Tags: aid, AIG, american home mortgage, asset, asset backed commercial paper, bankrupt, bear, Bear Stearns, bernanke, billion, Brazli, bubble, bull, Bush, business cycles, cash flow, central bank, China, Citigroup, commerical paper, commodities, commodity, competition, Congress, consumer, credit crisis, credit default swap, crisis, debt, deficit, deflation, depression, dow jones, downturn, Economic, economic growth, economy, Emergency Economic Stabilization Act, emerging market, equity, ETFs, euro, failure, Fannie Mae, FDIC, financial instrument, financial system, fiscal, foreign, Freddie Mac, free market, global financial crisis, globalization, gordon brown, great depression, growth, IMF, income tax, India, indy mac, inflation, Innovation, investment bank, job loss, job security, jp morgan, lehman, liquid, liquidity, macroeconomics, Madoff, main street, meltdown, merrill lynch, microeconomics, Minsky, moodys, mortgage, mortgage backed security, nasdaq, Obama, oil, paulson, Ponzi, poverty, private equity, private sector, productivity, public sector, real estate, recession, rescue package, Russia, s&p, savings and loan, Schumpeter, short sell, stabilization act, stagflation, standard of living, stimulus, subprime, TARP, tax cut, taxes, Thain, trillion, troubled assets relief program, unemployment, venture capital, volatility, wachovia, wall street, wamu, washington mutual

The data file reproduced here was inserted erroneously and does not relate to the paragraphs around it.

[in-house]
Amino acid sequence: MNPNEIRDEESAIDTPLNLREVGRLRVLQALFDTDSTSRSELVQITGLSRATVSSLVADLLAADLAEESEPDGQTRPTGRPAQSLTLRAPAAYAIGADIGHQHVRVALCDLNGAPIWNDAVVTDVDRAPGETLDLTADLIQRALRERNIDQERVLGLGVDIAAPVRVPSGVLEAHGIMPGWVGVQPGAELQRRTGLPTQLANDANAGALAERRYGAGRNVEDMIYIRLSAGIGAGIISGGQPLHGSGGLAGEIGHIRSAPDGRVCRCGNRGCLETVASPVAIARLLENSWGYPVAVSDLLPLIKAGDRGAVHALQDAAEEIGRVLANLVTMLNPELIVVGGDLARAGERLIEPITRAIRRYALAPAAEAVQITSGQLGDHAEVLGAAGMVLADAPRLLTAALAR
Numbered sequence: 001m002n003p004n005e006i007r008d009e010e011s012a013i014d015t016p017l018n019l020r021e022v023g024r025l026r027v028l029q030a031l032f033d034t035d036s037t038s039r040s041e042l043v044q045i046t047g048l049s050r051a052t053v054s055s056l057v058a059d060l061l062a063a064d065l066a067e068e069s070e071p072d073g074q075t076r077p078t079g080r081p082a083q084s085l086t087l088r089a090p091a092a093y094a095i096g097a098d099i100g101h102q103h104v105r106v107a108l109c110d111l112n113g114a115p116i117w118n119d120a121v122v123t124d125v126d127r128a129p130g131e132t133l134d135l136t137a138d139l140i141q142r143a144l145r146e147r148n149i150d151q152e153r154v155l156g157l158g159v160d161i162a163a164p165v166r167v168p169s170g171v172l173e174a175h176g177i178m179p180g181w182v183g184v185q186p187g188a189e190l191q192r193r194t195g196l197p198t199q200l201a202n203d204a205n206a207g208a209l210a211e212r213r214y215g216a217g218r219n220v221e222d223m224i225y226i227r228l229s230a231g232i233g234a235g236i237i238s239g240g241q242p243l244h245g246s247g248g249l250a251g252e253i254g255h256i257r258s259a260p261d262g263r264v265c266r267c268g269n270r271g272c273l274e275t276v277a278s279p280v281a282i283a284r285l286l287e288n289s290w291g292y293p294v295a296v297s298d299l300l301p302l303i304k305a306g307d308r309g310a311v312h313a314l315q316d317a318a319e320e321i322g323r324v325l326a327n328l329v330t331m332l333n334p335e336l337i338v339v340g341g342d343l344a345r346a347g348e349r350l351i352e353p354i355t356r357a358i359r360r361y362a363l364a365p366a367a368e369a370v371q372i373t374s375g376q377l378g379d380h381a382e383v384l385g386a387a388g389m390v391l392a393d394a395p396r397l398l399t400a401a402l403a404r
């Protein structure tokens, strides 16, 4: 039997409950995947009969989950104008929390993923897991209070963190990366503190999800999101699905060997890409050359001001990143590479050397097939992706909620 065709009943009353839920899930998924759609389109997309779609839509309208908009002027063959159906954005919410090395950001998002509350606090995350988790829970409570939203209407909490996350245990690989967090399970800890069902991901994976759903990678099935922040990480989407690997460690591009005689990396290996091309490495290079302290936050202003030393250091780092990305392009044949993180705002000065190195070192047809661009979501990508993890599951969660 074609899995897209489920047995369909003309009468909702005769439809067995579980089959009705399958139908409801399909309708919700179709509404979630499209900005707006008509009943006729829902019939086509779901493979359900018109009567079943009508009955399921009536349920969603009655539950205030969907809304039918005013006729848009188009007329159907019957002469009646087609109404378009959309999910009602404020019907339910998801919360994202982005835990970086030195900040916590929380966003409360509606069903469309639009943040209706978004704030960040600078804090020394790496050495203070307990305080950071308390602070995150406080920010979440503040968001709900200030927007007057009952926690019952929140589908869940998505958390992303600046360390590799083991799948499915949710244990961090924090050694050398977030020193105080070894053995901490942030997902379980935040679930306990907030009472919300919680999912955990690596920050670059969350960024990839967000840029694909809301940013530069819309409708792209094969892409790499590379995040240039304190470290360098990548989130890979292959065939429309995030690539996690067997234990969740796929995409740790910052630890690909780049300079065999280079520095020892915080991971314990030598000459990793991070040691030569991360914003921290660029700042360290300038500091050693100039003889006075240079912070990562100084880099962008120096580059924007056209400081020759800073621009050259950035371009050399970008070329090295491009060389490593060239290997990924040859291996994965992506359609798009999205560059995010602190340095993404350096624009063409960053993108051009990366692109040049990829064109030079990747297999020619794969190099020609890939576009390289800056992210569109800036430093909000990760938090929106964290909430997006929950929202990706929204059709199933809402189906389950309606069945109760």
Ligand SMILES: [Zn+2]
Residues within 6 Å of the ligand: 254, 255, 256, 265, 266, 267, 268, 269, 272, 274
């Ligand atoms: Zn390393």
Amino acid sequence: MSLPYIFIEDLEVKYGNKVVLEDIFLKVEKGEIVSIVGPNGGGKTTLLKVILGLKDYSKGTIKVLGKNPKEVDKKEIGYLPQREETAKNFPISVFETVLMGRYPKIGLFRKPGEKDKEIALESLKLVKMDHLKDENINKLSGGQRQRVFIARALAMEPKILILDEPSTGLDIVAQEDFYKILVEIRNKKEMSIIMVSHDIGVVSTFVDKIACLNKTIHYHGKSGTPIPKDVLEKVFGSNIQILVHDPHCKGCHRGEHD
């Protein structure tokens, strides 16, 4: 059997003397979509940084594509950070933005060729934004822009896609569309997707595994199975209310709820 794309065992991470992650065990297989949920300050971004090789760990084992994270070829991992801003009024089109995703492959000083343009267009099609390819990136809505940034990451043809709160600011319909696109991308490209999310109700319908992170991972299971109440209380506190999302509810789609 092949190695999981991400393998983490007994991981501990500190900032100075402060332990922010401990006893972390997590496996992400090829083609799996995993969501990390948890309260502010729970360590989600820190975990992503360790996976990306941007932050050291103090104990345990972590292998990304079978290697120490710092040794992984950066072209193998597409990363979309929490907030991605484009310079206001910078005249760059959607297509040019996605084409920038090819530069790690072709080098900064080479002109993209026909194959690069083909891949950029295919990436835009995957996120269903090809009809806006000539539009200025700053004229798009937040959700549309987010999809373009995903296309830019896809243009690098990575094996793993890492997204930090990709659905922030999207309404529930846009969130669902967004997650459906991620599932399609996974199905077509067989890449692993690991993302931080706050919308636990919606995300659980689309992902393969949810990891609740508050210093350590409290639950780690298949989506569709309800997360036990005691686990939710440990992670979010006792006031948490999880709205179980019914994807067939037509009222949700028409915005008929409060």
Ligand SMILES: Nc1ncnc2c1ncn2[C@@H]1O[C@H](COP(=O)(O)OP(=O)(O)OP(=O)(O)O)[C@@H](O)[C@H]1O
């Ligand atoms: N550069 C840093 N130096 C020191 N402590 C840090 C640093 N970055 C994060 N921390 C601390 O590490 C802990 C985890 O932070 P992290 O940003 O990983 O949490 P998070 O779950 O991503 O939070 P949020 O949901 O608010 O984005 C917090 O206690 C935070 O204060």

The New Economic Force Transforming Global Markets and Investment Strategy
A brilliantly original assessment of what caused the global crash and a practical plan for investing accordingly